Low literacy rate contributes to spread of hoax: expert

Jakarta (ANTARA News) - The low level of literacy has led several people to believe in hoax or fake news, Chief Editor of Trans Media Titin Rosmasari, a speaker at the World Press Freedom Day event, stated here, Monday.

"Todays generation prefers to use their gadgets rather than reading books," she stated at a seminar held at the Jakarta Convention Center (JCC) in Jakarta ahead of International Press Freedom Day commemorated annually on May 3.

She said the United Nations Educational, Scientific and Cultural Organizations (UNESCOs) records in 2012 estimated that Indonesias literacy level had reached merely 0.001, indicating that out of every thousand people, only one individual had actively read books.

Another survey conducted by pollster Nielsen had cited that most people in the country spend four hours and 42 minutes browsing on the computer, three hours and 33 minutes surfing on their smartphones, and two hours and 51 minutes on checking or updating their status on social media.

"Apparently, most people today have a lot of spare time to read and share hoax news," she remarked while adding that in several cases, the fake news phenomenon had been persistently spread by some prominent figures due to the lack of verification of the original sources.

Apart from the low level of reading, a lack of trust in the mainstream media remains a challenge in the fight against fake news.

Hence, the media should maintain public trust by working in accordance with the journalists ethics code, she emphasized.

During the event, she lauded the Communication and Information Ministrys efforts to halt the circulation of fake news by blocking objectionable websites, including those offering gambling facilities, spreading hate speeches, and engaging in fraudulent acts.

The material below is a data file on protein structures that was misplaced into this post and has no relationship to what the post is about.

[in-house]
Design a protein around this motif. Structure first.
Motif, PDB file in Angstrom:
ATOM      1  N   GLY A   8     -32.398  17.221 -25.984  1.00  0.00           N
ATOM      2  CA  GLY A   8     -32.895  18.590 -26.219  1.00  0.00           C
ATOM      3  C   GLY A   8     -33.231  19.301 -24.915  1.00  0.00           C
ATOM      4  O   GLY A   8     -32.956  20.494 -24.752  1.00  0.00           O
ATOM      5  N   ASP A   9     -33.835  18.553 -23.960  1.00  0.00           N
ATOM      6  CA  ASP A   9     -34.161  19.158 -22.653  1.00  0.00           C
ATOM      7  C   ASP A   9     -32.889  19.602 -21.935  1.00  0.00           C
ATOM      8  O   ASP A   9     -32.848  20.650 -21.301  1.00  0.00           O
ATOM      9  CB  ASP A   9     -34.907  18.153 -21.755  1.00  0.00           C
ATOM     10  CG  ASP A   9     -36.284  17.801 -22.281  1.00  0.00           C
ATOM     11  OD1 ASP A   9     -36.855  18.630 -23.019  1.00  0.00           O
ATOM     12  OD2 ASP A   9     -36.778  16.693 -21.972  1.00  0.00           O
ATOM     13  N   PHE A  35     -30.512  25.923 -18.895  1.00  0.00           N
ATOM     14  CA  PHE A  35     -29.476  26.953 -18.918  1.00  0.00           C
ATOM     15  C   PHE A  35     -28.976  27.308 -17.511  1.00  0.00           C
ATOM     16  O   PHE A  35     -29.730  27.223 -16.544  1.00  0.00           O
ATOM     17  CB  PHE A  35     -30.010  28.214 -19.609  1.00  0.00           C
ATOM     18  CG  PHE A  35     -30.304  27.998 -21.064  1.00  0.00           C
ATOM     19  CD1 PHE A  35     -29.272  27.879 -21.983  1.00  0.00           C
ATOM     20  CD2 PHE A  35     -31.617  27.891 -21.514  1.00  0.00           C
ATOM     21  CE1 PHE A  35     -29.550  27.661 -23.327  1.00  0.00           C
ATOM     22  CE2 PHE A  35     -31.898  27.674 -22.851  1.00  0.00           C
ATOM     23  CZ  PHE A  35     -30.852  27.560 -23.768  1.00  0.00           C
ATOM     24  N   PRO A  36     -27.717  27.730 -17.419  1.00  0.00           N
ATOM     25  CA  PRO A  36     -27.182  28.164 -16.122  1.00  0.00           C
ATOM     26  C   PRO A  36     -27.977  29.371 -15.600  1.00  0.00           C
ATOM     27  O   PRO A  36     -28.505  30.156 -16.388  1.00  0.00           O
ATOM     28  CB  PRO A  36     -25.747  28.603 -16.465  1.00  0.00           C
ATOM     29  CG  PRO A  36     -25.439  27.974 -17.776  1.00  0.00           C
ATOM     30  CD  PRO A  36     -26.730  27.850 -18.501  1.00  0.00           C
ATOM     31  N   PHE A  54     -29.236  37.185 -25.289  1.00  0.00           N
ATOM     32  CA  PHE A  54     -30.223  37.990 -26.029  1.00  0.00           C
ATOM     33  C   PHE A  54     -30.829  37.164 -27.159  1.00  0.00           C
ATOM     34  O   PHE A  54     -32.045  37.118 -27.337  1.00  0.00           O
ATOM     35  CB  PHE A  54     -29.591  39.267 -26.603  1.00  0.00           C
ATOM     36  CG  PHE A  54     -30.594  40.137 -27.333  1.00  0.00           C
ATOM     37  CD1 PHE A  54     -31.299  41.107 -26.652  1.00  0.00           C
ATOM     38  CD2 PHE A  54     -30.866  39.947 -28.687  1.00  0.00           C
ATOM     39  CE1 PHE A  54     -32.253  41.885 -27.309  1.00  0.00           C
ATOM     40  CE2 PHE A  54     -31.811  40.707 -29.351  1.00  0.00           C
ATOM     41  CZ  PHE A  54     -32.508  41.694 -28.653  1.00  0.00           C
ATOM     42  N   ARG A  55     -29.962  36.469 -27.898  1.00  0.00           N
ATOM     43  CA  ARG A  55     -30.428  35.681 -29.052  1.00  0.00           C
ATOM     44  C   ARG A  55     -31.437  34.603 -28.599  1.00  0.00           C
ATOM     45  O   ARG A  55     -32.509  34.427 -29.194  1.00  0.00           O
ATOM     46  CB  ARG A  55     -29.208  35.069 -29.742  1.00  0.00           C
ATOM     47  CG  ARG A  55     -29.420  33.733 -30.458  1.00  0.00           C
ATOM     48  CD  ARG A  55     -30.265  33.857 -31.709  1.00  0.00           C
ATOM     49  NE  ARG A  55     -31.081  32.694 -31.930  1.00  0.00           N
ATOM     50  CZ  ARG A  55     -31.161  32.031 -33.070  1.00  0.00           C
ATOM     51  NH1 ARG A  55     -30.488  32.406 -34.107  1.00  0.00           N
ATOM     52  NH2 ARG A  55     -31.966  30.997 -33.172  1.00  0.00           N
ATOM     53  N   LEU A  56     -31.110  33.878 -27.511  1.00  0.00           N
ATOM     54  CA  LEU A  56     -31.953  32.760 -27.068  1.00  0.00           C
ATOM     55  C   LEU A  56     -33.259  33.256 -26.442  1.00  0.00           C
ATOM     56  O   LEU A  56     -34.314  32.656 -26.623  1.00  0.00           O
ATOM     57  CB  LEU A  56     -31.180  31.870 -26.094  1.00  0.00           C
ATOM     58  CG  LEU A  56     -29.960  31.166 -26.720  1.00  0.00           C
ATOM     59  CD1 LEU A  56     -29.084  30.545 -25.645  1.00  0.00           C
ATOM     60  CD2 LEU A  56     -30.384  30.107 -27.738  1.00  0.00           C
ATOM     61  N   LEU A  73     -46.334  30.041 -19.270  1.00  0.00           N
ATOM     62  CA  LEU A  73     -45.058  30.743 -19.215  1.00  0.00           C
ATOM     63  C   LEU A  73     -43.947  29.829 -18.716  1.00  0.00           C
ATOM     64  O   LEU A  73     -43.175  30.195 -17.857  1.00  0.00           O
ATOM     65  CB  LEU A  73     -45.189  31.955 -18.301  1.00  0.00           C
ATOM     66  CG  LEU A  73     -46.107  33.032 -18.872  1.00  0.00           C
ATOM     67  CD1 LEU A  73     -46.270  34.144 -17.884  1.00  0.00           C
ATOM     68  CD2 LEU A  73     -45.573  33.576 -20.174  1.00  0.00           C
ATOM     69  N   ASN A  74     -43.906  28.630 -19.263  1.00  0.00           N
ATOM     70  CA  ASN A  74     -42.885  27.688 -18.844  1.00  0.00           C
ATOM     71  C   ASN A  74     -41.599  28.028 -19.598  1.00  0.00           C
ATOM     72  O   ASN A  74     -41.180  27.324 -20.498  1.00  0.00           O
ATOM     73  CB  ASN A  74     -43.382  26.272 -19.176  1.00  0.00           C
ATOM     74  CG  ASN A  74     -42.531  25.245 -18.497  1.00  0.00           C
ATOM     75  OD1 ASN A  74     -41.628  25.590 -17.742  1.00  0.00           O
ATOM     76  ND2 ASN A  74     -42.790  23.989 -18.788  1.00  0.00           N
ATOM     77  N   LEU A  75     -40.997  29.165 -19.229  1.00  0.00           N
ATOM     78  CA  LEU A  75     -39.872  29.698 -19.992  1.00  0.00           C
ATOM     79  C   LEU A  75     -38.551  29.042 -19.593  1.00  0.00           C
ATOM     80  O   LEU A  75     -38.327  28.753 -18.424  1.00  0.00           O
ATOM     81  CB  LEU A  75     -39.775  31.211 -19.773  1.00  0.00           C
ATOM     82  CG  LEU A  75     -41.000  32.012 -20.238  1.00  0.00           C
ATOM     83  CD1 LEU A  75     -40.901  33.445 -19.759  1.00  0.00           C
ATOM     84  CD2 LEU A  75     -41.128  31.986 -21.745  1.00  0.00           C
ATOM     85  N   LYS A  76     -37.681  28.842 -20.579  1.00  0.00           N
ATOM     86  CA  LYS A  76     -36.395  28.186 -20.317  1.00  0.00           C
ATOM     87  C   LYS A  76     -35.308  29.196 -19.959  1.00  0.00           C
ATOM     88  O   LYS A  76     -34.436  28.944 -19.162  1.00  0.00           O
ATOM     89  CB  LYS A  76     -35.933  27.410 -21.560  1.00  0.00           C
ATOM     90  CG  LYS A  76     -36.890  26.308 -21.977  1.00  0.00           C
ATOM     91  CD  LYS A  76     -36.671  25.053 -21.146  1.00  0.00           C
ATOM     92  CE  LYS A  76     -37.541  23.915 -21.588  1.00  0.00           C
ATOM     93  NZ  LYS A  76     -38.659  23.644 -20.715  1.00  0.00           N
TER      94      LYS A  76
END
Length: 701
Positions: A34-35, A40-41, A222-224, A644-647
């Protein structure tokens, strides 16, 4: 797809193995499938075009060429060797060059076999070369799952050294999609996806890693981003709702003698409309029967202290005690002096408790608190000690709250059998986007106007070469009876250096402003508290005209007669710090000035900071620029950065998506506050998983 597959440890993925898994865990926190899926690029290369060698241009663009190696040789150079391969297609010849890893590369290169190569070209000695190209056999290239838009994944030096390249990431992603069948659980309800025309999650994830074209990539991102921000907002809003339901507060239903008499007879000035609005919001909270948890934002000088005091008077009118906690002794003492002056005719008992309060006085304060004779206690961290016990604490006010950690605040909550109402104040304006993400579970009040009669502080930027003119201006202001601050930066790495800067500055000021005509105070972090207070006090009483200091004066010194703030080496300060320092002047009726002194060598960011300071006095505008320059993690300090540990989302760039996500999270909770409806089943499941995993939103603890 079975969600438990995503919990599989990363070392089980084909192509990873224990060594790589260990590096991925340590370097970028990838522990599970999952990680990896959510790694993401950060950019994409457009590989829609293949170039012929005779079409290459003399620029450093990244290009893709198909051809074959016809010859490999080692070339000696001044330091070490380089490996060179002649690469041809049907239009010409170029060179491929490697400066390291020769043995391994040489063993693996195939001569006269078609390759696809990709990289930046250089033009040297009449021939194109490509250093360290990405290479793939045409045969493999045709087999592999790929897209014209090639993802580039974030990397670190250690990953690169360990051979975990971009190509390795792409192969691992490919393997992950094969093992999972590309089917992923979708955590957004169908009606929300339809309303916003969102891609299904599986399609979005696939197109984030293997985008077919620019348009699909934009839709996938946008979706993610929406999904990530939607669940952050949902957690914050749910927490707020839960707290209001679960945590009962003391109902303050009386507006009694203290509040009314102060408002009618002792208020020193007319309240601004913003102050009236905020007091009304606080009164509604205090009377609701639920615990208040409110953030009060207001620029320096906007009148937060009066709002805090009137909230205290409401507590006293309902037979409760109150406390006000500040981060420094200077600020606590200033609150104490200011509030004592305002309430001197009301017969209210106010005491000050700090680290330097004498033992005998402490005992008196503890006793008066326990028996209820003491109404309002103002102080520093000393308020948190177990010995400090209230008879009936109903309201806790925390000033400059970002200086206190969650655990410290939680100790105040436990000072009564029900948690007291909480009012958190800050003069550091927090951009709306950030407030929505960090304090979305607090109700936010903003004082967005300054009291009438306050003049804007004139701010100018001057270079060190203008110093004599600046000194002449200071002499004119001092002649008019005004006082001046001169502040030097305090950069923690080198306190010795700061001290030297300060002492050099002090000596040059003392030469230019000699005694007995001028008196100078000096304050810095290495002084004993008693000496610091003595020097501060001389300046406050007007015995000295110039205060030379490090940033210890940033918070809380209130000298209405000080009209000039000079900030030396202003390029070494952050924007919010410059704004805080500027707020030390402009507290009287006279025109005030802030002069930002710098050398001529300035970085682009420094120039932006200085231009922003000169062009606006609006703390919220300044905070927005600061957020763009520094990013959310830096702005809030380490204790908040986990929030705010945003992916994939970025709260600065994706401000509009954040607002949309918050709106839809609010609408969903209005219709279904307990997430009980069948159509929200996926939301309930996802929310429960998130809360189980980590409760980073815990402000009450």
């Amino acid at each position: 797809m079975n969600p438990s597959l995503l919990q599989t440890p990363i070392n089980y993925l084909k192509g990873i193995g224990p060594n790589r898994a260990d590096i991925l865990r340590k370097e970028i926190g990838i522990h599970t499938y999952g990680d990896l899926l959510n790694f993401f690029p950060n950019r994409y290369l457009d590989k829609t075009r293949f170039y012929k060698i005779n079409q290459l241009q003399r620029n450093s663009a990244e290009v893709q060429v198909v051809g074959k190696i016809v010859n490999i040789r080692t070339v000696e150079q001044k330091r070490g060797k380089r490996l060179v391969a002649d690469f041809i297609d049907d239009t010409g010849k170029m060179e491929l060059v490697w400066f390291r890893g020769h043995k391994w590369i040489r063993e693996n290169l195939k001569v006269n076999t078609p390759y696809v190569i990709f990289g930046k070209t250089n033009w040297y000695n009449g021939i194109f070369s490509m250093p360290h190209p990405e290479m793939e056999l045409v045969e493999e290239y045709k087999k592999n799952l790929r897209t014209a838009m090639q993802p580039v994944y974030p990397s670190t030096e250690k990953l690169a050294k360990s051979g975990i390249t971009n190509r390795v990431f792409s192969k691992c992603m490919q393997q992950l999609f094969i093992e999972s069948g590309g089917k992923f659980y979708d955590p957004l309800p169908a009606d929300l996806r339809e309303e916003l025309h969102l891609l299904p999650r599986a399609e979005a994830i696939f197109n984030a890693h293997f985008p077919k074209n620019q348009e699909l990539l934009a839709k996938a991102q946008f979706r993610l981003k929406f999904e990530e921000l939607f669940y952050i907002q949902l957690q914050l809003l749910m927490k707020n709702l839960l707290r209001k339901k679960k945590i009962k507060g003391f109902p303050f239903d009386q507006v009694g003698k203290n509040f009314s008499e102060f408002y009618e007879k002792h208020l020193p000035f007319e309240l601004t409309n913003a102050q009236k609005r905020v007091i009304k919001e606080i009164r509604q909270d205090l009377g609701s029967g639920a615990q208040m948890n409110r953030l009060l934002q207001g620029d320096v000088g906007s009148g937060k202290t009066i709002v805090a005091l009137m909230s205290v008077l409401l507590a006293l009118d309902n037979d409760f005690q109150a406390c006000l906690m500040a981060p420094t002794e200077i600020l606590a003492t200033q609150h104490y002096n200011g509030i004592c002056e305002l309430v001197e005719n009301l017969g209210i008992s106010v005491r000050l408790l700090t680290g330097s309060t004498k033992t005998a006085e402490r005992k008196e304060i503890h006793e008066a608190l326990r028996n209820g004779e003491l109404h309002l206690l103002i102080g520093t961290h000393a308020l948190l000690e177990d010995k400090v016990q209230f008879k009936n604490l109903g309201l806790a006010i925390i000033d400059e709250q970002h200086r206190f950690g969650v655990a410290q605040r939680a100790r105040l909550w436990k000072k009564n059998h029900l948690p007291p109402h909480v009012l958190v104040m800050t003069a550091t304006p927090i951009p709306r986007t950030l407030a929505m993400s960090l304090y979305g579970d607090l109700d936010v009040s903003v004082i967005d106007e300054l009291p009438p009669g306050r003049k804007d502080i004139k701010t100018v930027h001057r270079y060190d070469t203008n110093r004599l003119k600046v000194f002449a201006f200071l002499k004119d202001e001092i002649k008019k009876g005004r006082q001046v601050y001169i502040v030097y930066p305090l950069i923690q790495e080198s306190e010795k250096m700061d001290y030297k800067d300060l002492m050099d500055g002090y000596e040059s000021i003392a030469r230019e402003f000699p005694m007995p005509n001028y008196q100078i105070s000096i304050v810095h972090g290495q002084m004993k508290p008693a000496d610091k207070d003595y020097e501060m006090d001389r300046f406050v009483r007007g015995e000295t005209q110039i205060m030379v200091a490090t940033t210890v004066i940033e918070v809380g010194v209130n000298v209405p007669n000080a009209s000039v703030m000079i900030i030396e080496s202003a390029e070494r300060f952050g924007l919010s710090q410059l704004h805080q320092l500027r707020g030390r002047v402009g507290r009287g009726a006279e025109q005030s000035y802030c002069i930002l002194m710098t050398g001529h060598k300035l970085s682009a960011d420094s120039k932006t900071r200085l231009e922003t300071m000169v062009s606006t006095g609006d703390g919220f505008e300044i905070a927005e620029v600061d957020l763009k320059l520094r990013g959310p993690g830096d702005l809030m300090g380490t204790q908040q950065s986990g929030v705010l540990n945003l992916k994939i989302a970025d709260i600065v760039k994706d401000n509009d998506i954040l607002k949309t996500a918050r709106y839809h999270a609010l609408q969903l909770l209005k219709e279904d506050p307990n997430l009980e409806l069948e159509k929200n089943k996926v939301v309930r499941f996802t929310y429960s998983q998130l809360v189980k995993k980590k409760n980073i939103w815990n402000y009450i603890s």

Vice President Jusuf Kalla had earlier also initiated an anti-hoax journalist network, she added.

On a different occasion, Communication and Information Minister Rudiantara said the fake news phenomenon has triggered public unrest globally.

The ministry had earlier noted that fake news tends to spread on social media rather than through mainstream media, as the latter has a responsibility to "cover both sides," while the former does not follow this principle.

Rudiantara further stated that fake news could create a vicious circle, as the mainstream media sometimes carelessly publishes articles or television channels broadcast text by quoting unverified issues.

With regard to the issue, this years World Press Freedom Day commemoration has not only called on journalists but also students and other communities to fight against the circulation of fake news by being critical while reading any article or watching a news coverage.

The event being held at the JCC on May 1-4 will feature some workshops, seminars, and conferences.

"The programs are designed to raise awareness on the importance of free and fact-based journalism in promoting peace and justice and supporting efficiency, accountability, and inclusiveness of institutions in line with the 16th United Nations Sustainable Development Goals," UNESCO stated on its official website.

Reported by Aubrey Kandelila Fanani
(Uu. KR-GNT/INE)
EDITED BY INE
(UU.KR-GNT/A/KR-BSR/A014) 

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